With regards to How Does Learning Happen? (HDLH?), my theory is that without mandated and consistent training opportunities, the four foundations of learning become the focal point for educators with less regard paid to the pedagogical approaches of the document. An examination of these approaches supports the image of the educator as co-learner, researcher and innovator.
In the workshops that I do, I have suggested that these approaches are the tools of pedagogical leaders. I also spend time engaging in a clearest to muddiest exercise, inviting educators to place these six pedagogical approaches on a continuum that reflects their understanding. Across the province, the outcome appears to be relatively the same. Educators seem comfortable with what responsive practices means but see them mostly from the perspective of people rather than also including the environment and materials. Educators are clearer about what play and exploration are yet struggle with understanding inquiry. Educators seem to understand what it means to be a co-learner but if they are employing a theme approach it is difficult to take a co-learner pedagogical stance in reality. Inevitably, the muddy approaches are the environment as the third teacher, reflective practice, collaborative inquiry and pedagogical documentation. After every workshop, I am left wondering why aren’t all educators eager, excited and enthusiastic to keep learning so that what is muddy becomes clear?
If we embrace an image of ourselves engaging in a process of continuing, reflective and collaborative inquiry, change is possible. If we see ourselves as already knowing, we are rigid rather than dynamic thinkers. Rigid thinkers are unlikely to see themselves as learners whose primary task is to grow. Without teachers who are committed to growth, children are destined to have static and rather boring learning experiences. There won’t be innovation or even interest. To avoid this stagnation, early childhood educators need to be active learners. Too often, they only see professional learning from a sage on the stage perspective. They listen as an expert speaks. They need to recognize that professional learning can be self-directed and needs to be anything but passive.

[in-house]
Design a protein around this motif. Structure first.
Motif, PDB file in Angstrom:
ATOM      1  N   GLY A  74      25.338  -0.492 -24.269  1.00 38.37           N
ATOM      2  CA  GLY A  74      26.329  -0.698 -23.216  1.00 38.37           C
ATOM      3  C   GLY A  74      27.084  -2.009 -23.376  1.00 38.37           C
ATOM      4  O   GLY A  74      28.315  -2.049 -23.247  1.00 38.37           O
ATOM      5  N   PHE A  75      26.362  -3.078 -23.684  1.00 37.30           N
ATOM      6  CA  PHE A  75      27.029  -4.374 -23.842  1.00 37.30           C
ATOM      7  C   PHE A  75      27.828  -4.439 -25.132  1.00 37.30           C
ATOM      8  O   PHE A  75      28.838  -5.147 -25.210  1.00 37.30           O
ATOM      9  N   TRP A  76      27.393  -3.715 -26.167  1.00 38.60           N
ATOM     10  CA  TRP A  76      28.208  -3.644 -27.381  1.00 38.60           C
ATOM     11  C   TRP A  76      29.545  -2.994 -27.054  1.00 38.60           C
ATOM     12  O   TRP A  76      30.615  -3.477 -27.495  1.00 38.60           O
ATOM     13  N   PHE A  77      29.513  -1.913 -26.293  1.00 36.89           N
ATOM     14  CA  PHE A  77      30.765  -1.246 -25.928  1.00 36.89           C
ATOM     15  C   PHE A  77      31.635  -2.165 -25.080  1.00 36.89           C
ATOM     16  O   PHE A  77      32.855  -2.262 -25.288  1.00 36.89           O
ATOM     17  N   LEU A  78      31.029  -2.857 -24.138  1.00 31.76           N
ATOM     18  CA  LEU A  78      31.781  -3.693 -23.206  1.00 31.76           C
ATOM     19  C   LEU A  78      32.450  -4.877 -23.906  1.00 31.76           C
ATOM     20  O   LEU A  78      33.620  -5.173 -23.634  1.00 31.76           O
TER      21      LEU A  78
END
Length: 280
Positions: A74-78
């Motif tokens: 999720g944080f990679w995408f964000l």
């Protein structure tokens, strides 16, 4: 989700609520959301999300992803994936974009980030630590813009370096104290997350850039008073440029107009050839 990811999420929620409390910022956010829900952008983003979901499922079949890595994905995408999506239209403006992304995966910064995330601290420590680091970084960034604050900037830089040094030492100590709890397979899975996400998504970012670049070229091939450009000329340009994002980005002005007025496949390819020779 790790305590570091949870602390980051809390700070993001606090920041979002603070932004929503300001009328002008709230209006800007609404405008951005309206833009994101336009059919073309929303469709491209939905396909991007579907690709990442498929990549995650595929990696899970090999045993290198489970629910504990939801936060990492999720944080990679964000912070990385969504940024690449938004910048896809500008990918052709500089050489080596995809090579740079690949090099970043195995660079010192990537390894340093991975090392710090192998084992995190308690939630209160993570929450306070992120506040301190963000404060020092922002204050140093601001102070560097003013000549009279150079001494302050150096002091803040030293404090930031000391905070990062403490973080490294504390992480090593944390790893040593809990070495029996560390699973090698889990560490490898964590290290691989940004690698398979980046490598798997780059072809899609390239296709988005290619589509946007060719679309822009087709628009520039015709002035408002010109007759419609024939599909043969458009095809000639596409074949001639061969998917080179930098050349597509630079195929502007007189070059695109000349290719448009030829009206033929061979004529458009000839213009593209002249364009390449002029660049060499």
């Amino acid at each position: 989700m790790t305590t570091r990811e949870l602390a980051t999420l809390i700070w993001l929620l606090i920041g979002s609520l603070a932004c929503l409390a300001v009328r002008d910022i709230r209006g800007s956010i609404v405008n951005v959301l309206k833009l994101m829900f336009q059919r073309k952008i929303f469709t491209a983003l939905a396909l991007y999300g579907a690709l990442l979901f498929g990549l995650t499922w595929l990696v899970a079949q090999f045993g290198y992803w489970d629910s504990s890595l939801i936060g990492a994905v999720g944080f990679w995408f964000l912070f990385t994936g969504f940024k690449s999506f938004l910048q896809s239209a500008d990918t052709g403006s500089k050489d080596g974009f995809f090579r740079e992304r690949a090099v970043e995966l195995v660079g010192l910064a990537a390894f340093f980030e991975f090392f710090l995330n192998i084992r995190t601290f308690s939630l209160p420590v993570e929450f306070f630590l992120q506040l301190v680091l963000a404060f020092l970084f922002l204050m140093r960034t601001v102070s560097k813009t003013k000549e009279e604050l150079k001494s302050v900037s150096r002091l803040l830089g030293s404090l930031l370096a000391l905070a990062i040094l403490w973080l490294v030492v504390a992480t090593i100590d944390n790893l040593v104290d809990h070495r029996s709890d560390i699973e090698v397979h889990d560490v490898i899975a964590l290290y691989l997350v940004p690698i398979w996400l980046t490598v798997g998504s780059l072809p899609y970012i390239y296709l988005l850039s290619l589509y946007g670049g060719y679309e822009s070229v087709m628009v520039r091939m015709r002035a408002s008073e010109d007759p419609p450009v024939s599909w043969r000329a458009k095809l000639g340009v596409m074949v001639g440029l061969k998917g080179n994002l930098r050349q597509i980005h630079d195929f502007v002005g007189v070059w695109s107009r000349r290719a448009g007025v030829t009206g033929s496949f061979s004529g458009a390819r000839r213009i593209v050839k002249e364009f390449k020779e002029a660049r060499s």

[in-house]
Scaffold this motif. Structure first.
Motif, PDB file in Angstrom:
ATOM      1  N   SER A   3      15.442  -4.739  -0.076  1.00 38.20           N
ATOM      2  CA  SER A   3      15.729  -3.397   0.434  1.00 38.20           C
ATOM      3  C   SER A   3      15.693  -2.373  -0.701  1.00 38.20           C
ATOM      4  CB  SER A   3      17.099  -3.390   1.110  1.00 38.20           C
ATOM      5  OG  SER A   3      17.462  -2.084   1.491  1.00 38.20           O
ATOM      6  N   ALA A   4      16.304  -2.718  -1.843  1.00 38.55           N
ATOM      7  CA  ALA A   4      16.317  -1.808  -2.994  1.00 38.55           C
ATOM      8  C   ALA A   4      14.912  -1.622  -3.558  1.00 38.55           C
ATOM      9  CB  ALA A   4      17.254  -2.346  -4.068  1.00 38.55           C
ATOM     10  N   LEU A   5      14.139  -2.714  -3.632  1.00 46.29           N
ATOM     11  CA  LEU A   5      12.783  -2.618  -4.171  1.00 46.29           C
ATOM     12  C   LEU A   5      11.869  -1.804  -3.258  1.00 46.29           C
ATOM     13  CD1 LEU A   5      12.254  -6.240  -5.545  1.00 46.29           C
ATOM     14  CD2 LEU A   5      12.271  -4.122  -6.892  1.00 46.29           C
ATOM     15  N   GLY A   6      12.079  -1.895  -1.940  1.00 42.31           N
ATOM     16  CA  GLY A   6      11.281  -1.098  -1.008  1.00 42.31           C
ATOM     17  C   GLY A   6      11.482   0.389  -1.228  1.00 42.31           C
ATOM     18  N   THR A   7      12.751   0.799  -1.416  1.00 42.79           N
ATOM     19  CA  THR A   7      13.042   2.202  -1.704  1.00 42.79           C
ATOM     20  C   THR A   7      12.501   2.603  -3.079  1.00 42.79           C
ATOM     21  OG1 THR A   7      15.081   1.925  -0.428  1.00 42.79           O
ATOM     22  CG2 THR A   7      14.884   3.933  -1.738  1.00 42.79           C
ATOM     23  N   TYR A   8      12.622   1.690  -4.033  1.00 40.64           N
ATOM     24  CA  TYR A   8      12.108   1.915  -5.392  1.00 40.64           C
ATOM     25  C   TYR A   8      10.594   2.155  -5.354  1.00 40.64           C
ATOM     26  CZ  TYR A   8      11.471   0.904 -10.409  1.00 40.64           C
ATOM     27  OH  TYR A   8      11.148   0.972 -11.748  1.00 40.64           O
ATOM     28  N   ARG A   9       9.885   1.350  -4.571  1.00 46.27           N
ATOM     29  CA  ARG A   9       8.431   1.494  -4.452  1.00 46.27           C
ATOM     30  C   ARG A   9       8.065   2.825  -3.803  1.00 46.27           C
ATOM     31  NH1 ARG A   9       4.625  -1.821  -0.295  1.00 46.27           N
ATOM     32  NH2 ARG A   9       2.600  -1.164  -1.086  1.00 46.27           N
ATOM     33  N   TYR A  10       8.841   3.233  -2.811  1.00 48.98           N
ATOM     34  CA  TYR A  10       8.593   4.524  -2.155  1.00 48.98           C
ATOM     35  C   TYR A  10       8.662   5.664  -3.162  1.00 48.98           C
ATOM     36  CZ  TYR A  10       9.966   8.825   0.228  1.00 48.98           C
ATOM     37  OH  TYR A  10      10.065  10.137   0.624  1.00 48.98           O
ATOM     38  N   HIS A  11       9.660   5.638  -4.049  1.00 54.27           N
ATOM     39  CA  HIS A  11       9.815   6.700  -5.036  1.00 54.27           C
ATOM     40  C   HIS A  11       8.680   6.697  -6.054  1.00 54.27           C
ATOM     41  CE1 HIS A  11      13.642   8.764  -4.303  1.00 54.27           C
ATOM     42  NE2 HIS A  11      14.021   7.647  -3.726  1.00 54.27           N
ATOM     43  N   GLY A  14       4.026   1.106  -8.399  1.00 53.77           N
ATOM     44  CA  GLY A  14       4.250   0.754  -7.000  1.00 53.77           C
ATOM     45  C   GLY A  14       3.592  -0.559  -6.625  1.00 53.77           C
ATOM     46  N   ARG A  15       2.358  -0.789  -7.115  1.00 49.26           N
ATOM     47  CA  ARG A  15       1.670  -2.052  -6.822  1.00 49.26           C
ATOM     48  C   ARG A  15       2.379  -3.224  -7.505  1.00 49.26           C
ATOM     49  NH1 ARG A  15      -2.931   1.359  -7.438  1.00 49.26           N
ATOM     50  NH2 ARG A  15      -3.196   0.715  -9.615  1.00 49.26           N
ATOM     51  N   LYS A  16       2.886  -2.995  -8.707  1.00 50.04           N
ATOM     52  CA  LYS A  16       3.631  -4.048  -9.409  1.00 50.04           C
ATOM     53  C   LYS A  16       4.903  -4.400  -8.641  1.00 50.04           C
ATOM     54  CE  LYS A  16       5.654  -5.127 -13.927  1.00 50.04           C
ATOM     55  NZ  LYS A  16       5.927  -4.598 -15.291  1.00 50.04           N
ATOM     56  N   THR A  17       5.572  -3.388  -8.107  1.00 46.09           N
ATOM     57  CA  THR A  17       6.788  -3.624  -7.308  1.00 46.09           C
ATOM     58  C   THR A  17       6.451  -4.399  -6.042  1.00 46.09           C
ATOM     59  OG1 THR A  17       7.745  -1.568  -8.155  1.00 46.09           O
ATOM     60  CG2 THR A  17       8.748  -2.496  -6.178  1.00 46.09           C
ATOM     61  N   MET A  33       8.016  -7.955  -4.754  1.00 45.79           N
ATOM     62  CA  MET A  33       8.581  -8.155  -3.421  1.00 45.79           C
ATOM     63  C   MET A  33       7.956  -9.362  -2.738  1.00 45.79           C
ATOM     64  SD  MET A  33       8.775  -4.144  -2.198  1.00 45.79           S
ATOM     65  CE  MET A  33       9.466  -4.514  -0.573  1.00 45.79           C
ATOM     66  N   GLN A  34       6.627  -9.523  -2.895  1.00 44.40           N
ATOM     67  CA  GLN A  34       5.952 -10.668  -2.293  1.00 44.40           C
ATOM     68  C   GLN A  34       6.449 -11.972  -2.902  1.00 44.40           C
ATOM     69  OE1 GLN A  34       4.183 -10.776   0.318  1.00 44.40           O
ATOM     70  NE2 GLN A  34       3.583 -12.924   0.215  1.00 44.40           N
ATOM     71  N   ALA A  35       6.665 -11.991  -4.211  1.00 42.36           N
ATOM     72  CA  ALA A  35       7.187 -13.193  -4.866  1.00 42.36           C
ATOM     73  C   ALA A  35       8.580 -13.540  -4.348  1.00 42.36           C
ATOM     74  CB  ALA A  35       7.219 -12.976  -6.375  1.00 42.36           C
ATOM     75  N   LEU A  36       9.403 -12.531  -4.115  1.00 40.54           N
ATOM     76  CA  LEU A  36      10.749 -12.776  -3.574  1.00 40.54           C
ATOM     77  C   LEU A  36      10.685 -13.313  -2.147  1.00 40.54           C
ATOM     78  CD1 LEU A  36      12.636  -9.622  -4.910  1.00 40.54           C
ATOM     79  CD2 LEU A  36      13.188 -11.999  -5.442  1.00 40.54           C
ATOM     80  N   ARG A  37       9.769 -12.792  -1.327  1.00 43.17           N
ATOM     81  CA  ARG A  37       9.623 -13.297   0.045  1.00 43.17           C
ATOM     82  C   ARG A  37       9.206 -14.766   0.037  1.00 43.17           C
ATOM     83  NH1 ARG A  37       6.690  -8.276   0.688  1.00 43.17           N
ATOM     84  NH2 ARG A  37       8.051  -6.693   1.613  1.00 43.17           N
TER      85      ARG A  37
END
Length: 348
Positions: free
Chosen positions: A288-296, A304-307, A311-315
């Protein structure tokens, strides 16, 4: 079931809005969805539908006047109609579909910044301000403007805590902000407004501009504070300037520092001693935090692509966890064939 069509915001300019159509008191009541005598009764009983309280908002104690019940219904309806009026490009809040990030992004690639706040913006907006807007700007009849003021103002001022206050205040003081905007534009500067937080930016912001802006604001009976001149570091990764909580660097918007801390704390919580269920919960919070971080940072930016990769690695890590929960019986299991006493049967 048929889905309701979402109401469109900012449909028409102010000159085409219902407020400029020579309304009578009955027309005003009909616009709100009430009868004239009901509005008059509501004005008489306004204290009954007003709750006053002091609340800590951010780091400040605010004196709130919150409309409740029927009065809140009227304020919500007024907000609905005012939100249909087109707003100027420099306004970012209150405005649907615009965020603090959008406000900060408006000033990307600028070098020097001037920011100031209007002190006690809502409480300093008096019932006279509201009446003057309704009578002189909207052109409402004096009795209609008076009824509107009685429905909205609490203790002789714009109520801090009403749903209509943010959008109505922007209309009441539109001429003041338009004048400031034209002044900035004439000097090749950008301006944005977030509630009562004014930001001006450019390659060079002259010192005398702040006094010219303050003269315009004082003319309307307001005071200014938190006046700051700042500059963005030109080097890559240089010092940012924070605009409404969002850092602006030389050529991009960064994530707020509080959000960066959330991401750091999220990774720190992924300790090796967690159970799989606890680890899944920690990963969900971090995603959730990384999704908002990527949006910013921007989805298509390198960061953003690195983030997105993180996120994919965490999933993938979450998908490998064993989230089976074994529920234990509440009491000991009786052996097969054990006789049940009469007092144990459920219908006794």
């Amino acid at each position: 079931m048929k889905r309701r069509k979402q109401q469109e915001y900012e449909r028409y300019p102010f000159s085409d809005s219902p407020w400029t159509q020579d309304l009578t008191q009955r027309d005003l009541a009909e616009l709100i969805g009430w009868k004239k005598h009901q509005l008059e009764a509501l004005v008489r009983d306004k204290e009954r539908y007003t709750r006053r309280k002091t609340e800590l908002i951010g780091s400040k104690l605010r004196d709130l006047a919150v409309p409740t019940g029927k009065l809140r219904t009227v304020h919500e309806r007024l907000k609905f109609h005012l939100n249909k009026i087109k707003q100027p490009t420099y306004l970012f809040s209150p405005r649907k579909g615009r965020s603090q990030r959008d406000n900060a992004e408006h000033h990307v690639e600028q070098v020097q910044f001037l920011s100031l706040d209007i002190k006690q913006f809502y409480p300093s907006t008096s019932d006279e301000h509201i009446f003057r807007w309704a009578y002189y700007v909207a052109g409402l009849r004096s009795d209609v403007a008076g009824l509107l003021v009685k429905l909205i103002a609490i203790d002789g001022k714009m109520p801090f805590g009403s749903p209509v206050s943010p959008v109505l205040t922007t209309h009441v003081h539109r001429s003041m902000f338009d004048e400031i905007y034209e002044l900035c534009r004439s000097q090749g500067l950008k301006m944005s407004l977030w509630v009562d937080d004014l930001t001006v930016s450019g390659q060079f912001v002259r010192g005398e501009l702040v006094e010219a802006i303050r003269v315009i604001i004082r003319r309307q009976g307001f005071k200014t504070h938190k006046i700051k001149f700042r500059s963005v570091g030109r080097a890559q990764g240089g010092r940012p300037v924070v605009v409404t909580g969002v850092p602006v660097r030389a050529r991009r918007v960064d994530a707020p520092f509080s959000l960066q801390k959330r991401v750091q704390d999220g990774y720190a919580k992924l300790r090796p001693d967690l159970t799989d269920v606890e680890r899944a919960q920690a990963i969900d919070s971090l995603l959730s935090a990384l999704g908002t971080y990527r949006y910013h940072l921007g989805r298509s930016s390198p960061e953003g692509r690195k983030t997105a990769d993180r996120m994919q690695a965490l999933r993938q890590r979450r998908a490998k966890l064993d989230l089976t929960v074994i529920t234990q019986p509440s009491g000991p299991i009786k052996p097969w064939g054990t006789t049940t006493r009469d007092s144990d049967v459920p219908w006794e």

In Ontario, the profession of early childhood education is regulated by the College of Early Childhood Educators, which has instituted a Continuous Professional Learning Program. It seems like every day, I read a post in various ECE Facebook groups where someone is rallying against the program, complaining of a lack time and funds to attend workshops. It appears to me, that there is a misunderstanding about what constitutes professional learning which does not have to only include workshop attendance. I would like to see professional learning to be about sharing stories of practice. If this is done within an atmosphere of critical reflection, it could be image altering. The concept of communities of practice arises from the work of Wenger (1998) where mutual engagement, joint enterprise, and shared repertoire “hold the key to real transformation” (p. 85). It is my hope that a community of practice will arise from the work that the York Region Nature Collaborative is engaged in especially as a result of this upcoming full-day professional experience – The Land as Our First Teacher: Exploring the Relationship between Indigenous Storytelling and Pedagogical Documentation. The establishment of communities of practice where teachers engage together in research can empower teachers to improve and avoid top-down models of professional development. The conceptualization of the teacher as collaborator and researcher reflects a theoretical shift from a view of learning as primarily individually centred to one that is fundamentally socially and culturally situated. There are multiple issues inherent with the use of social media but in this case, for early childhood educators, it can help support a community of learners who see themselves as researchers, rich in their capacity to be program innovators. In some municipalities in our province, there are communities of practice that meet in person on a regular basis. The College of Early Childhood Educators offers a wonderful resource on communities of practice. It would be the realization of a dream to see early childhood educators, on their own initiative meeting in these types of communities on-line or face to face. Rather than seeing the process of professional learning as bothersome and something to avoid, I hope more and more early childhood educators will begin to see themselves from a different view and embrace the image of teacher as learner, researcher and innovator. As Cindy Green, my critical friend and colleague wonders, perhaps it begins with ECEs reflecting on this question, “Am I proud to be practising as an early childhood educator”?